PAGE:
February 09, 2012
Barbara Hensley, MARC
Young leaders look at KC's digital divide
On January 5, a group of about 20 students and young nonprofit leaders spent the day at the Mid-America Regional Council to conduct a case study of how the Google Fiber project can bridge the digital divide in Kansas City. The case study was part of the Alliance Management Leadership Institute, a week-long educational symposium held in Kansas City each year by the Nonprofit Leadership Alliance. The Alliance, formerly known as American Humanics, Inc., helps prepare young people for careers in the nonprofit world. The symposium gives young nonprofit professionals the opportunity to delve into an issue facing the community and offer recommendations.
After a brief overview of the Google Fiber project, the students spent the day discussing ways to promote digital inclusion. At the end of the day, they presented key issues for the Mayor’s Bistate Innovations Team and community leaders to consider:
- When working with people who don’t have access to technology, trust issues must be overcome. Don’t assume acceptance of new technologies just because they are available.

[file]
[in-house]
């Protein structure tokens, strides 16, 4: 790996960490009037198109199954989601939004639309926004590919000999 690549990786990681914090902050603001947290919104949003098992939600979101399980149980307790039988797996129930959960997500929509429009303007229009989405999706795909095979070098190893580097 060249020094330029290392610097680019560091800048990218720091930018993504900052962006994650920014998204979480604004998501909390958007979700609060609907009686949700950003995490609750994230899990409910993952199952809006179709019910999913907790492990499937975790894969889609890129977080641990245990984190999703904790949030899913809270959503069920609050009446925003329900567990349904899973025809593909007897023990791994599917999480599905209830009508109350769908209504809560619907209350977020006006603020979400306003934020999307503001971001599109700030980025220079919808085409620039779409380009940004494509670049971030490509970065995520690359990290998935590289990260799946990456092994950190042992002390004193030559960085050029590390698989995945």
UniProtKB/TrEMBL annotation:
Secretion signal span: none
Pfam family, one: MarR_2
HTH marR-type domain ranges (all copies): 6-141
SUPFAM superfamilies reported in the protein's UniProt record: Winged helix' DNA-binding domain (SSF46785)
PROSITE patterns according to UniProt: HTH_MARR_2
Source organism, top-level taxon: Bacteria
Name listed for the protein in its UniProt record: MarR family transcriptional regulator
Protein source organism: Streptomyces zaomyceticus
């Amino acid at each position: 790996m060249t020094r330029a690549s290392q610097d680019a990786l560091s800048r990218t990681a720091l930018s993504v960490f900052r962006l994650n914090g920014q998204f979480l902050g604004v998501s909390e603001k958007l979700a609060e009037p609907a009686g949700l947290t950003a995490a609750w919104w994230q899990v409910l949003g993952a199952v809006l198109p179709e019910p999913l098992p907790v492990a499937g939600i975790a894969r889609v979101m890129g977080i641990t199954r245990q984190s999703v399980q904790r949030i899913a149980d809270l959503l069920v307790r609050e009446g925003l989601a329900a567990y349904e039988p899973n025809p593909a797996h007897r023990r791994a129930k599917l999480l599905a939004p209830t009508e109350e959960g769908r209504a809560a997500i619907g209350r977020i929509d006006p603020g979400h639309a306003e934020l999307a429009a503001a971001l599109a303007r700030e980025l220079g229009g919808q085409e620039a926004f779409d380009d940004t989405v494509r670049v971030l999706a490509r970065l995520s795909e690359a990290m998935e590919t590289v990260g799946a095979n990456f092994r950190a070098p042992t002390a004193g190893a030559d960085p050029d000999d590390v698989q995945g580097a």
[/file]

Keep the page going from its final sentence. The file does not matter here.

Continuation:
- Young people may be key to breaking down barriers. Help young people from key neighborhoods master the technology, and then help them engage their communities.
- There is a lot of uncertainty about high speed fiber versus wireless. Mobile phones have heavily penetrated low-income communities, and technologies that bypass wireless may create another kind of digital divide.
- Community-based institutions can be key to success by hosting demonstrations, providing education and information, and overcoming concerns.
David Warm, MARC’s executive director, shared the students’ ideas with the Mayors’ Bistate Innovations Team at its January meeting.